"We wish it never happened," said Duppstadt, "but it did put Shanksville on the map. "
For these small-town athletes, the last day of school before President Obama was to visit the nearby crash site on the 10th anniversary of that national tragedy would be a long one.
It would also be a wet one. A persistent misty rain fell like unstoppable tears. At some points along Route 160 water bubbled out of the roadways and tumbled down the hillsides like miniature Niagara Falls.
For the Shanksville players, the school day had begun like every other in their young lives. En route to the building — a patchwork of structures dating back to 1929 — they walked or rode beside the swollen Stony Creek.
A Pittsburgh TV station's satellite truck clogged Main Street, just across from Ida's General Store. Around the corner, homeowners had commemorated the awful anniversary with rows of American flags in their compact front yards.
Arriving at school, they were met by more TV trucks, some parked near the band shell in an adjacent picnic grove.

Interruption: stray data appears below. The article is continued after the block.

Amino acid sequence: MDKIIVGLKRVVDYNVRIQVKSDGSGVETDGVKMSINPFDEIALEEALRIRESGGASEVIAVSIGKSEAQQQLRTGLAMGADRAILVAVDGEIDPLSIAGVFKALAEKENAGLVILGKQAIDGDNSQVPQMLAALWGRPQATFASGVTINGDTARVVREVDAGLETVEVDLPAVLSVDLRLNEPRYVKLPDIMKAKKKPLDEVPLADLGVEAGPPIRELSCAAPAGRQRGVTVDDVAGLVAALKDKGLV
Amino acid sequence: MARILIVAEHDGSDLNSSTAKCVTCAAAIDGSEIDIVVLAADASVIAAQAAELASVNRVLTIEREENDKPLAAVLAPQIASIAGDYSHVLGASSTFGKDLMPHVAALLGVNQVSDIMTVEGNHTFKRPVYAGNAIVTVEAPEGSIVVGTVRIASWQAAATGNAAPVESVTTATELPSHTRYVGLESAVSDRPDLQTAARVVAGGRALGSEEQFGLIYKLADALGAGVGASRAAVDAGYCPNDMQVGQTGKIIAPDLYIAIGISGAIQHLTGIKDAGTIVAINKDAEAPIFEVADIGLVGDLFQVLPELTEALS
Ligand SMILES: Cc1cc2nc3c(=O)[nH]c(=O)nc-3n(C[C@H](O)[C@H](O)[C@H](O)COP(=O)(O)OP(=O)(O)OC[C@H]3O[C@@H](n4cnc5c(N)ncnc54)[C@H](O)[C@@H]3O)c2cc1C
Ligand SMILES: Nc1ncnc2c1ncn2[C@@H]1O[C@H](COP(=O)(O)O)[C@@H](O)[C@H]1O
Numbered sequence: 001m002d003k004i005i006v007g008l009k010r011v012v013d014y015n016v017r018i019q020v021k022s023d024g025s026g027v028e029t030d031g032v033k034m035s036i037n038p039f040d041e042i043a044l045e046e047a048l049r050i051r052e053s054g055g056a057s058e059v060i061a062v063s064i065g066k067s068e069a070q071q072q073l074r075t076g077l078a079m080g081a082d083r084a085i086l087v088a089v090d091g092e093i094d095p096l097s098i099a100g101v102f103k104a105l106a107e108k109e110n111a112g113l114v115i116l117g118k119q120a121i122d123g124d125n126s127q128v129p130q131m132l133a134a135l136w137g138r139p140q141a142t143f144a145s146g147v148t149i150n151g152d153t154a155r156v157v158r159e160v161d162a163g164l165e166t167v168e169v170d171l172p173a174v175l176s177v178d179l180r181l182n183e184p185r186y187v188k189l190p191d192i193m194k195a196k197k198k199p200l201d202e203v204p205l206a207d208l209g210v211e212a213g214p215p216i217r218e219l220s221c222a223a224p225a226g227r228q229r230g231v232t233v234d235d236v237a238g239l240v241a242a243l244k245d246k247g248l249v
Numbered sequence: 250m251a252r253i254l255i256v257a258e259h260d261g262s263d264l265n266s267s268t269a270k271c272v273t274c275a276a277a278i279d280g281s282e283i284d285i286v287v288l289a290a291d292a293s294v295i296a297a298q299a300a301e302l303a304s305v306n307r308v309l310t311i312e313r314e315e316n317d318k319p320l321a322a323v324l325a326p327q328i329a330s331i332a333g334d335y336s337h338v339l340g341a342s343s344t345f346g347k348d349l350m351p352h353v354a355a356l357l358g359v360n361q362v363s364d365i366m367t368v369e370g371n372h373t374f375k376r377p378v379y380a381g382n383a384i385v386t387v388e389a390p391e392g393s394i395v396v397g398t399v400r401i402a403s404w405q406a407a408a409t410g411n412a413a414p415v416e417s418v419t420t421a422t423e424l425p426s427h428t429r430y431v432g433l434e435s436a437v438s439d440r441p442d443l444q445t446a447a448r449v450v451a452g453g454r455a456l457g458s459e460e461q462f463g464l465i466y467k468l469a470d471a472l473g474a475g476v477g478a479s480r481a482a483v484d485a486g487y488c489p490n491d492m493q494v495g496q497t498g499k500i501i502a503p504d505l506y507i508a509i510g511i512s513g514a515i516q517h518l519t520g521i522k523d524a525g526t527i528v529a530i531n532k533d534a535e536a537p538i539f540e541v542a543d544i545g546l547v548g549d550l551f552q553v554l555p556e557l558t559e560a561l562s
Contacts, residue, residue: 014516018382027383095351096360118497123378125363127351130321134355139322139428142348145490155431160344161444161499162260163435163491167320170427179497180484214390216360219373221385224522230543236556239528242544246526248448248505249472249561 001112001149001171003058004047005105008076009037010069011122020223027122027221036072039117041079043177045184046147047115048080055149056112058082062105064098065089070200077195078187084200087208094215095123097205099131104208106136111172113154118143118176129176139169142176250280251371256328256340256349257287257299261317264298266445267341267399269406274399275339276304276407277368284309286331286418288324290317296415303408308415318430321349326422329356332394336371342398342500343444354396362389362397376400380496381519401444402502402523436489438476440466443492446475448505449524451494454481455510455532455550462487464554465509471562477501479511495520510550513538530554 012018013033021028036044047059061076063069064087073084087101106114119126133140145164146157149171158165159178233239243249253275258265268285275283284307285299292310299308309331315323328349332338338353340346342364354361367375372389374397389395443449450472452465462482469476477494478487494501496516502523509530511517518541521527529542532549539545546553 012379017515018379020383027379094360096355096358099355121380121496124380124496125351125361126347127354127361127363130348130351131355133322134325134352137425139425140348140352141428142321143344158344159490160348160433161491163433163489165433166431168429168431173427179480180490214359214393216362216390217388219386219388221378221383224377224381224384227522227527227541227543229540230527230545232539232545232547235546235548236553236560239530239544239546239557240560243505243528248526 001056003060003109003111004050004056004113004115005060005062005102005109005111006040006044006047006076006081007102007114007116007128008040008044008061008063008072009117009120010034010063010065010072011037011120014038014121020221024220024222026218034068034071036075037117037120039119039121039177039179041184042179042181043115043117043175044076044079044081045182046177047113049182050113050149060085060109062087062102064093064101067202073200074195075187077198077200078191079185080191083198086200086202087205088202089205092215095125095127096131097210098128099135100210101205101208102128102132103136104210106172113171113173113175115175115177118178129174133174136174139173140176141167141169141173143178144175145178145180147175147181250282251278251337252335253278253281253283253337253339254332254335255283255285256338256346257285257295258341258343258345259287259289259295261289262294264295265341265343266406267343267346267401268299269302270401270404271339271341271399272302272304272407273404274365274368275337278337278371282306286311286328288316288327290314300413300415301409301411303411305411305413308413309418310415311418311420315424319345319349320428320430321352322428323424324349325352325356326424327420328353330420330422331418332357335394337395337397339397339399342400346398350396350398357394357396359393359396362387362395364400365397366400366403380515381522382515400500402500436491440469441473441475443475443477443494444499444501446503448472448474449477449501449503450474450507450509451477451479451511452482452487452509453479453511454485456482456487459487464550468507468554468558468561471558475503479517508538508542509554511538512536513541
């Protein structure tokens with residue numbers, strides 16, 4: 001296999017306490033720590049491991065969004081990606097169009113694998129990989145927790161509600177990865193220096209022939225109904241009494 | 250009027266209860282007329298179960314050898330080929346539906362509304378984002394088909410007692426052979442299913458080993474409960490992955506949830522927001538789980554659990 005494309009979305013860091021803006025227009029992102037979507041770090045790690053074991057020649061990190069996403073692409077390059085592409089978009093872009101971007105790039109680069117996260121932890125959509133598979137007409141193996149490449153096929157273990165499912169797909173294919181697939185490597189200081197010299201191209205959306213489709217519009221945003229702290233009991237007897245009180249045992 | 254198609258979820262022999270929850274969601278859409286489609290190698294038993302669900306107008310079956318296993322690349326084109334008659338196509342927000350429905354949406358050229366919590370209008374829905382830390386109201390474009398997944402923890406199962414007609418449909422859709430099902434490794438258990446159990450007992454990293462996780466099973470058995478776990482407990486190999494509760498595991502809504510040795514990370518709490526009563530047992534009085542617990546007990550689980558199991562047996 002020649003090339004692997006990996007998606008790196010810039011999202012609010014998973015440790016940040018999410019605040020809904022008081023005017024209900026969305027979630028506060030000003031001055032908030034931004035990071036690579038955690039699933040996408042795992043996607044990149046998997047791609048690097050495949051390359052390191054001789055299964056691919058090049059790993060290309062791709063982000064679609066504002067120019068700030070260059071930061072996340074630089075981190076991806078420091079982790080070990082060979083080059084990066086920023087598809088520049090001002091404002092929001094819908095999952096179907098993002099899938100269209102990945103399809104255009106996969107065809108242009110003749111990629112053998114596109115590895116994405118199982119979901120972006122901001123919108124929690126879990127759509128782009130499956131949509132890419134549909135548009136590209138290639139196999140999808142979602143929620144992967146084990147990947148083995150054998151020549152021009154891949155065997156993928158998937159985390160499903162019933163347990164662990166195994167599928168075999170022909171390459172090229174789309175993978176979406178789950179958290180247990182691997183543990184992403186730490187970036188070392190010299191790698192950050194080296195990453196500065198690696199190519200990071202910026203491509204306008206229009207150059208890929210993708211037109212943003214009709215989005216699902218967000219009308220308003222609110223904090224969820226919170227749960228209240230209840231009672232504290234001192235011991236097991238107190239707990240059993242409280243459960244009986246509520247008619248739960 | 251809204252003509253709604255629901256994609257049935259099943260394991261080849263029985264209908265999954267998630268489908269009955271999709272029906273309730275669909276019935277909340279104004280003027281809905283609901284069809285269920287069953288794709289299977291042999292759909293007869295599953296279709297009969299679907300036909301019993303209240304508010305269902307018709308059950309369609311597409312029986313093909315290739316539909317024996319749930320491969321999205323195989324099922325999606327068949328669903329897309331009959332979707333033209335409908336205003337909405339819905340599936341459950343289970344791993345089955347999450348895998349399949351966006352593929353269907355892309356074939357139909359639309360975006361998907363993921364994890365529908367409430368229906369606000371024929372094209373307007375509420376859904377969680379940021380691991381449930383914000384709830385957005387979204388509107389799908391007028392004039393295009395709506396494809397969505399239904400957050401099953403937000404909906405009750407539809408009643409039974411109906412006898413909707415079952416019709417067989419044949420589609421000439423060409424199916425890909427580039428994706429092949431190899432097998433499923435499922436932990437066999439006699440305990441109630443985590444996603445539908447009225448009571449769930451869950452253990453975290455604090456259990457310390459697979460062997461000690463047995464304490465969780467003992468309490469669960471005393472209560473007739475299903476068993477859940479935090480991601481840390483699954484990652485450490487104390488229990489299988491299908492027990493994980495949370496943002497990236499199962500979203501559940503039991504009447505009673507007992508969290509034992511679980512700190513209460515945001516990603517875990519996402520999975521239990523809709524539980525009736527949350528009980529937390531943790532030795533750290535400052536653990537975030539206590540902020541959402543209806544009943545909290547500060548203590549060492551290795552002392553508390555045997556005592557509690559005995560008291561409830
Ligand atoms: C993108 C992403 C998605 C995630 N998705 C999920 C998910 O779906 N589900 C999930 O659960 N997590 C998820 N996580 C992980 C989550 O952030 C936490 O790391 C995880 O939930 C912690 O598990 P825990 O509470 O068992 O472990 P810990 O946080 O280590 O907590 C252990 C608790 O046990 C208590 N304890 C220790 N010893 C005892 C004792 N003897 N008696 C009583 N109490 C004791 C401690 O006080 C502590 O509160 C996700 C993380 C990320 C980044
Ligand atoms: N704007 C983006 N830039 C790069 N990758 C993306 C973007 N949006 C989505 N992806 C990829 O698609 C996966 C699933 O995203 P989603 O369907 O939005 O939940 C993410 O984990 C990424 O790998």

In that grove stood a totem, a post-9/11 gift from a tribe of native Hawaiians who, like so many Americans, wanted to reach out to Shanksville's children. The wooden statue depicts a bear protectively shielding two small children from a danger that, in this place, is no mere abstraction.
They passed a 9/11 memorial rock garden. A fence behind the school was decorated with gold stars bearing the names of each perished passenger. Scattered among them were flags that bore the outlines of Shanksville students' hands instead of stars and stripes.
Once inside, the uniform-clad football players were surrounded by fellow students wearing combinations of red, white, and blue to celebrate what their principal had designated as Patriot Day.
The day before, some players had participated in a Discovery Channel-sponsored teleconference with 9/11 family members and others with connections to the event.
"We've been swamped this week," said Tom McInroy, superintendent of the Shanksville-Stonycreek district. "After Osama bin Laden was killed we had crews here from Sweden, Brazil, all over the world. "
As on every Friday during football season, the players wore their blue-and-gold jerseys to school. It's not easy wearing the colors of a rival like Shade.
"We'd be a better team if some of the basketball players at the two schools would play football," said Duppstadt. "But we're such rivals with Shade in basketball that the guys won't play with each other. "
Shanksville combines with other schools for other sports. It hosts the rifle, tennis, and golf teams. And a few teams, boys' and girls' soccer, for example, are able to stand alone.